The US Department of Health and Human Services’ (HHS) Office for Civil Rights (OCR) this week issued a Request for Information (RFI) on “Modifying HIPAA Rules to Improve Coordinated Care,” which will collect public input on how the Health Insurance Portability and Accountability Act (HIPAA) Rules—the HIPAA Privacy Rule in particular—could be modified to better promote coordinated, value-based care.
“This RFI is another crucial step in our Regulatory Sprint to Coordinated Care, which is taking a close look at how regulations like HIPAA can be fine-tuned to incentivize care coordination and improve patient care, while ensuring that we fulfill HIPAA’s promise to protect privacy and security,” said HHS Deputy Secretary Eric D. Hargan in a press release.
As healthcare has evolved with innovation in technology and the move toward a value-based care model, the industry has increasingly called for updates to HIPAA that would better reflect the new operating environment.
“We are looking for candid feedback about how the existing HIPAA regulations are working in the real world and how we can improve them,” said OCR Director Roger Severino in the release. “We are committed to pursuing the changes needed to improve quality of care and eliminate undue burdens on covered entities while maintaining robust privacy and security protections for individuals’ health information.”
Specific areas of the HIPAA Privacy Rule on which the RFI seeks comment include:
- Encouraging information-sharing for treatment and care coordination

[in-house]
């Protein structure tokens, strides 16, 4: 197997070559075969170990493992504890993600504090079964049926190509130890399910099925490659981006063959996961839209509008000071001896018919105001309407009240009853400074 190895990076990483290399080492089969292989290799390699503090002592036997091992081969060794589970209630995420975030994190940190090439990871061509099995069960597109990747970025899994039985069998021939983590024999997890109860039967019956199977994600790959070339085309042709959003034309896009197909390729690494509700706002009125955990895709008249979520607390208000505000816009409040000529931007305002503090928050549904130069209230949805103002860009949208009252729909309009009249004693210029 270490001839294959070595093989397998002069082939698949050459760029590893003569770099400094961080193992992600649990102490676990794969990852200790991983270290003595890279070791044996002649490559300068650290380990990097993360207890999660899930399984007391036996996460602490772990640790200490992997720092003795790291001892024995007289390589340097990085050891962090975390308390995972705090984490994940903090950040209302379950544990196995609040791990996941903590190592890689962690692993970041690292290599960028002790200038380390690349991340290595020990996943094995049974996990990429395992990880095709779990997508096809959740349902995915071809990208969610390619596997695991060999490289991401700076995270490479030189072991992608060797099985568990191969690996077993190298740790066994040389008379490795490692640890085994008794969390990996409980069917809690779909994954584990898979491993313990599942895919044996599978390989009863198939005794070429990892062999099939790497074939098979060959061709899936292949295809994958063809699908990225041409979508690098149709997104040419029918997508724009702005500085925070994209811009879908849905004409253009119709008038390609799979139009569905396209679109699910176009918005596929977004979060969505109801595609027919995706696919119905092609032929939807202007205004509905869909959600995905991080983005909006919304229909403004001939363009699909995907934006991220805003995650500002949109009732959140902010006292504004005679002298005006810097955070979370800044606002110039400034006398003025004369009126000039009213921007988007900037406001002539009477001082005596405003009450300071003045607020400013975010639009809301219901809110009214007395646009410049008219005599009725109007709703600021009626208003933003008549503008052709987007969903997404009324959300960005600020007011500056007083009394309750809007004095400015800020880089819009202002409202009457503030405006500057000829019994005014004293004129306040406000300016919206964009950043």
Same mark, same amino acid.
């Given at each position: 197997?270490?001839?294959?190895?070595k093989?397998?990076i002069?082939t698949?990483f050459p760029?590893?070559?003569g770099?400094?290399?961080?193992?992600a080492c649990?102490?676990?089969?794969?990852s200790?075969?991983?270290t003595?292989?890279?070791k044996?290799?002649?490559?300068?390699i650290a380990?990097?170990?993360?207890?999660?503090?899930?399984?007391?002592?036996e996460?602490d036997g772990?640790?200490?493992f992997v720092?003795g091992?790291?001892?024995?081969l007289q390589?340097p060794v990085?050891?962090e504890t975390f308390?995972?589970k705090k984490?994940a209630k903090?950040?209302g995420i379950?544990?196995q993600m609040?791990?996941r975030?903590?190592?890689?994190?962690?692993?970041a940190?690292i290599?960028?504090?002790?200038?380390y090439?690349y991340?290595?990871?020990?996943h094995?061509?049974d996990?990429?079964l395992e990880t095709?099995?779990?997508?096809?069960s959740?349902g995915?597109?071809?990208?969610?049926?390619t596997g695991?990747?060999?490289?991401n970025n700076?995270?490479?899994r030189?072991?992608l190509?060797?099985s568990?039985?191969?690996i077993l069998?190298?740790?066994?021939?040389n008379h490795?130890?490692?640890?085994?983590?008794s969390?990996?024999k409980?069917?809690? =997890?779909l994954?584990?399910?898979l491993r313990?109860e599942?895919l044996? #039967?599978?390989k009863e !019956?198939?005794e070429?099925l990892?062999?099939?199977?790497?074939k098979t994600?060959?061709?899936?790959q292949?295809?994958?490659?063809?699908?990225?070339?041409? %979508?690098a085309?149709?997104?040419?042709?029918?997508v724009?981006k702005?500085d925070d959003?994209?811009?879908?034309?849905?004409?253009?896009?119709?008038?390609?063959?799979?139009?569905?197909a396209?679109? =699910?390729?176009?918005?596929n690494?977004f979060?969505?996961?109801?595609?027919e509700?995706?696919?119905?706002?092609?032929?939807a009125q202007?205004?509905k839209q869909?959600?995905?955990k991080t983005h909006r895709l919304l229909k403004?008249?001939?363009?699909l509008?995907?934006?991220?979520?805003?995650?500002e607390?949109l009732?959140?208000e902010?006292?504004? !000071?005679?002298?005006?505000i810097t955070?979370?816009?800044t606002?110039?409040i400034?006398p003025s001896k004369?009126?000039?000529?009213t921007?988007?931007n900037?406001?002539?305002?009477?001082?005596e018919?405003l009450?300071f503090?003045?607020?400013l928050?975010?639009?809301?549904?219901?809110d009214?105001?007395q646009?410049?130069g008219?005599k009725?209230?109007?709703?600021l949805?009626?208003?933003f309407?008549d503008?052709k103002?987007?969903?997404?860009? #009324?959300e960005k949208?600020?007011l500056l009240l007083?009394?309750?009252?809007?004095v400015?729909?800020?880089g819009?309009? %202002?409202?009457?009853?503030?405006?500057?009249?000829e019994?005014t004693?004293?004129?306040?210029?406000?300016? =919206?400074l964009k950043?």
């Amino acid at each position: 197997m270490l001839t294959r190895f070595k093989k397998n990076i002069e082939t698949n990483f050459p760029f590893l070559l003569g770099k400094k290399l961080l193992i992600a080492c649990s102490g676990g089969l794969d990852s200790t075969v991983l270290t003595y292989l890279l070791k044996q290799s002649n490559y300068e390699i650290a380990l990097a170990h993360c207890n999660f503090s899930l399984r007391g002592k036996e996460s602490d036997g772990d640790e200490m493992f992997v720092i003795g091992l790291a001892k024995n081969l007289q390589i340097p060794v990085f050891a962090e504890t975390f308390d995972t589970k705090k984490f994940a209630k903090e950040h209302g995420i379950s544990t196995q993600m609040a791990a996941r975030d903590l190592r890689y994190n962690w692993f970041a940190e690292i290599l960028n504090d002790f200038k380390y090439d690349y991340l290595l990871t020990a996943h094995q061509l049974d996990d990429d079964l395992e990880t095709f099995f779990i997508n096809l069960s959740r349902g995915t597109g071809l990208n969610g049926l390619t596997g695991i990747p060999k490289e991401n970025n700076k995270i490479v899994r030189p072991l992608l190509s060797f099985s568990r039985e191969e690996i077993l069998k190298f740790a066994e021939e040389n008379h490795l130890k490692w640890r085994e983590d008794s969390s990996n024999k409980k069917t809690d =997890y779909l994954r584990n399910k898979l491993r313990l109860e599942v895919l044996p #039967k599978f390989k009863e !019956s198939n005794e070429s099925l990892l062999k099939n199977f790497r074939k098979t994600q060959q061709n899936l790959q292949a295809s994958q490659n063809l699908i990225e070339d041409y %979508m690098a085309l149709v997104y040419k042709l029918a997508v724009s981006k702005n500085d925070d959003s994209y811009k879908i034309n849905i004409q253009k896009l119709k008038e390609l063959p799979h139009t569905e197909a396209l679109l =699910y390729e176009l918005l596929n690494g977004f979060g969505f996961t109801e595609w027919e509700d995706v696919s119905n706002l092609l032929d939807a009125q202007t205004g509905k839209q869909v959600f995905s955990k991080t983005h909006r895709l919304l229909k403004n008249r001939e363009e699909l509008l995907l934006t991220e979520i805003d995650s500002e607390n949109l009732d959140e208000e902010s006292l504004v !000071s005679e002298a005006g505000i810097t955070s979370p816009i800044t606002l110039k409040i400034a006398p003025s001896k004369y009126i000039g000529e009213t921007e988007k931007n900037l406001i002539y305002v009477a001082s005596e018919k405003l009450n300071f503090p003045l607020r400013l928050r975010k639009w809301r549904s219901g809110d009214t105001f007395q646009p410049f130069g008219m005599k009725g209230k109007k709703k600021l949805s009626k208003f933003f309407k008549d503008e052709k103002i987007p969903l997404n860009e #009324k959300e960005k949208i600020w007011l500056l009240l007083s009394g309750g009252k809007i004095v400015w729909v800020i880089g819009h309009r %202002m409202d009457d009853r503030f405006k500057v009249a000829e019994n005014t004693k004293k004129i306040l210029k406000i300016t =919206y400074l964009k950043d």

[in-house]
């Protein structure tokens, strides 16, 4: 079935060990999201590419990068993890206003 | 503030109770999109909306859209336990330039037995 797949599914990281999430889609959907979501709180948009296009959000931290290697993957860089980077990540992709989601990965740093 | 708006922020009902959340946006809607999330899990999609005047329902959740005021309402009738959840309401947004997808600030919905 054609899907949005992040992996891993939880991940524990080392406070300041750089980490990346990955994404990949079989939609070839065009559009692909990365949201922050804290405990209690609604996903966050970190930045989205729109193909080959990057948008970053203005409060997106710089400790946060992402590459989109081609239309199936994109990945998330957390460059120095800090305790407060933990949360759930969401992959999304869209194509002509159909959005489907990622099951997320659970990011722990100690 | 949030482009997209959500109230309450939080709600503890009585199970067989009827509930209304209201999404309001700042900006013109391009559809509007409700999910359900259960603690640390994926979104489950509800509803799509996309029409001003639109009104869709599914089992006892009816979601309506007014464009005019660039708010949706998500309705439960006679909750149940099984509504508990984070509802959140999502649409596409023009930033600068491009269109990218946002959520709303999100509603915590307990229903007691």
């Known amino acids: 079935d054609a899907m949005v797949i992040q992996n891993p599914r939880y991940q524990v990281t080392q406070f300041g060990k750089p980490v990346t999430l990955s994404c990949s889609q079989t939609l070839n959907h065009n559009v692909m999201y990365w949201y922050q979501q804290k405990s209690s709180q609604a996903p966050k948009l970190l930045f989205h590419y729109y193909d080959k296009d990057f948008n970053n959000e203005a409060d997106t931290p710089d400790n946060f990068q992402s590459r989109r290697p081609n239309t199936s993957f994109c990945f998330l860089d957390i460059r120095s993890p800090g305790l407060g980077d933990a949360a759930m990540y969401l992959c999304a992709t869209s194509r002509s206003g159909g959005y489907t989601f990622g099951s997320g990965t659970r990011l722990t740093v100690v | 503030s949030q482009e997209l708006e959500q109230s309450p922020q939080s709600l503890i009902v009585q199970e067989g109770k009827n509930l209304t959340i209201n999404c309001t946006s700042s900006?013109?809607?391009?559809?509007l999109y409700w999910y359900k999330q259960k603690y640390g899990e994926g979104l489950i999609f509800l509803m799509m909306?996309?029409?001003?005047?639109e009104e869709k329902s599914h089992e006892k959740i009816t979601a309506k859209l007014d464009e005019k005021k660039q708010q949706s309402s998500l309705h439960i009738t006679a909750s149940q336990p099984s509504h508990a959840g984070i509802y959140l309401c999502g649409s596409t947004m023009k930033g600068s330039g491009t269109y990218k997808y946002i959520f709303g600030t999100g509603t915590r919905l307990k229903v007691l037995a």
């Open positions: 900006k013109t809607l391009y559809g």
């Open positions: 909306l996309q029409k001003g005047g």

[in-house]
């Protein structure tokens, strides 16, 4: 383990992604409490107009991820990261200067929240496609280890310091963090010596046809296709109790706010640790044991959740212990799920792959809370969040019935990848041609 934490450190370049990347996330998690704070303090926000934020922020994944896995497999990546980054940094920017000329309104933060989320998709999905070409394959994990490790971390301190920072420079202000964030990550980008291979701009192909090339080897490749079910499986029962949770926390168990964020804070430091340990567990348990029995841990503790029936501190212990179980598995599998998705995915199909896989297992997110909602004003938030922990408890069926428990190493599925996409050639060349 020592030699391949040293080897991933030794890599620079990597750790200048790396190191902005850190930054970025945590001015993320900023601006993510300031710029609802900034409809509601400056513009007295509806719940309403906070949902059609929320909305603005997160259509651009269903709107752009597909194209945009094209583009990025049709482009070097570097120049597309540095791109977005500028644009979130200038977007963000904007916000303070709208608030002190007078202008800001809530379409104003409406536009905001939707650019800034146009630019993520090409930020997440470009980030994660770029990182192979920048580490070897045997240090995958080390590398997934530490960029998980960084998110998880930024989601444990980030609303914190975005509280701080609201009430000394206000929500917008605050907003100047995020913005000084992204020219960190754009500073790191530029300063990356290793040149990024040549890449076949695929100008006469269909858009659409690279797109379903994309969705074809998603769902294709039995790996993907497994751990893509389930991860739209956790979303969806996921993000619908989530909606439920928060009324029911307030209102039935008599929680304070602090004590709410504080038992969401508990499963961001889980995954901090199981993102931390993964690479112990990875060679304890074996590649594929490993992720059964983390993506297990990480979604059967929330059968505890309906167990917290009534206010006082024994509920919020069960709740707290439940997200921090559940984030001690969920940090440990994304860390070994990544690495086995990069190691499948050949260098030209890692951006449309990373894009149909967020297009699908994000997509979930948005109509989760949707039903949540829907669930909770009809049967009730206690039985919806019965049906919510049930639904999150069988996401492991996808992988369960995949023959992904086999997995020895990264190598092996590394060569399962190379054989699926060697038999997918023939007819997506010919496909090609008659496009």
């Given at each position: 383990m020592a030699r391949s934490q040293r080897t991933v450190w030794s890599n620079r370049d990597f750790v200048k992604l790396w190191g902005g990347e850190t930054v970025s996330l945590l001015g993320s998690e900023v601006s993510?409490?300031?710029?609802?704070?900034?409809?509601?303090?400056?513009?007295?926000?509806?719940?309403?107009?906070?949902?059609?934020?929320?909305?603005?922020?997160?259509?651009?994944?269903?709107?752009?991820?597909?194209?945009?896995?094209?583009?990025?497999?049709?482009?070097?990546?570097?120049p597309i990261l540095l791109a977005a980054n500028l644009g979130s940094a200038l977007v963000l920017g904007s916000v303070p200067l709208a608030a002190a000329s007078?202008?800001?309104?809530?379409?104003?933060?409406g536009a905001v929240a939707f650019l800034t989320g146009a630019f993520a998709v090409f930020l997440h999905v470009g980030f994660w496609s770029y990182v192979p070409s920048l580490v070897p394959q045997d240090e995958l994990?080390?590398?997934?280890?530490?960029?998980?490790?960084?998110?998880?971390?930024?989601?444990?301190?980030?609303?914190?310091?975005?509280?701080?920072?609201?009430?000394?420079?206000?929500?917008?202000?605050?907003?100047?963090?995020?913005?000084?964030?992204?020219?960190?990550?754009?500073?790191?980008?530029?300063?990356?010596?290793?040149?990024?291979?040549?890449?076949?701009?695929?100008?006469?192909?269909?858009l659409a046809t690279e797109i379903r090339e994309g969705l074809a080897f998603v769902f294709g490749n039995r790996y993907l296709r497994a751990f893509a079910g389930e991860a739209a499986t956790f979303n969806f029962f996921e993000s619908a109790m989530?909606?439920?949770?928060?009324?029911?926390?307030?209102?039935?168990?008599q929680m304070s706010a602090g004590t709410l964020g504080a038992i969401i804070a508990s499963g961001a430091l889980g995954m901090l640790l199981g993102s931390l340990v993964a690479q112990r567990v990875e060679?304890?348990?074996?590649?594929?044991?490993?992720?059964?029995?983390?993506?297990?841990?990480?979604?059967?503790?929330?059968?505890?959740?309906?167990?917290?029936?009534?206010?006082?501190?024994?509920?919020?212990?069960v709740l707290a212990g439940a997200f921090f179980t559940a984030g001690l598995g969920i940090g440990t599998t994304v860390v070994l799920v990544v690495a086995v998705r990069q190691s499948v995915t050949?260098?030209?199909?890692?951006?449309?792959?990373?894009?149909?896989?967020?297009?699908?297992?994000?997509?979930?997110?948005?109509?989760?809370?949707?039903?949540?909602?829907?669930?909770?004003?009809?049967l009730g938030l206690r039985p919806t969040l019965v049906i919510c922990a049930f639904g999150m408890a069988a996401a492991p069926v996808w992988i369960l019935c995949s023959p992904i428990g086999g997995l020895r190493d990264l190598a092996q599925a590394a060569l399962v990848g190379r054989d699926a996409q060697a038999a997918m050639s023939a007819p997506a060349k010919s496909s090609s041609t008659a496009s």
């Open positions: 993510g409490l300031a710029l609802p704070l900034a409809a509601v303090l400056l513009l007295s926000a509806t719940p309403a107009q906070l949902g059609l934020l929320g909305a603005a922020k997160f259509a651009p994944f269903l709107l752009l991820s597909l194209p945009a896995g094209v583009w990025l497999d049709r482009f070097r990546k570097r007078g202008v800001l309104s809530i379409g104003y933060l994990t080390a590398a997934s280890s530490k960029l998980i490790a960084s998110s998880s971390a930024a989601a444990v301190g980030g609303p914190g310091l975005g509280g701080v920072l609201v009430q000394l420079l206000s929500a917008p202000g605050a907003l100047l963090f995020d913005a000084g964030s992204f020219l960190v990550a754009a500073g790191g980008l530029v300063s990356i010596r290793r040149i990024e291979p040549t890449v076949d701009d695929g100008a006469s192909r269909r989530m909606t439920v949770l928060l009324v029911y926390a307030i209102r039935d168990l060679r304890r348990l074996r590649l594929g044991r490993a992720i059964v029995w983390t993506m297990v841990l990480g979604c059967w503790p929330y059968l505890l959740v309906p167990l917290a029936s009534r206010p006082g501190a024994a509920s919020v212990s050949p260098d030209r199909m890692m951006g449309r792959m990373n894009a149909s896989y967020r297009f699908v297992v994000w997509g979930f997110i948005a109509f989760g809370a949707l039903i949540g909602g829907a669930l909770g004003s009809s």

- Facilitating parental involvement in care
- Addressing the opioid crisis and serious mental illness
- Accounting for disclosures of protected health information for treatment, payment, and healthcare operations as required by the HITECH Act
- Changing the current requirement for certain providers to make a good faith effort to obtain an acknowledgment of receipt of the Notice of Privacy Practices
During a Congressional briefing last week in Washington, DC, AHIMA, the American Medical Informatics Association (AMIA), and other health IT stakeholders advocated for the modernization of HIPAA regulations. Much has changed in healthcare since HIPAA was first enacted. The RFI is a welcome sign that the need to revise and modernize HIPAA is on OCR’s radar, according to Lauren Riplinger, JD, senior director of federal relations at AHIMA.
AHIMA continues to work with AMIA to assess the ways in which HIPAA must be modernized to meet the needs of today’s modern healthcare industry. To view the recommendations AHIMA and AMIA proposed in their Congressional briefing, click here.
Public comments on the HIPAA modernization RFI are due February 11, 2019. AHIMA staff will be working with the Advocacy and Policy Council, along with other AHIMA practice councils, to draft comments for the RFI. To access the RFI online in the Federal Register, click here.
Sarah Sheber is assistant editor/web editor at Journal of AHIMA.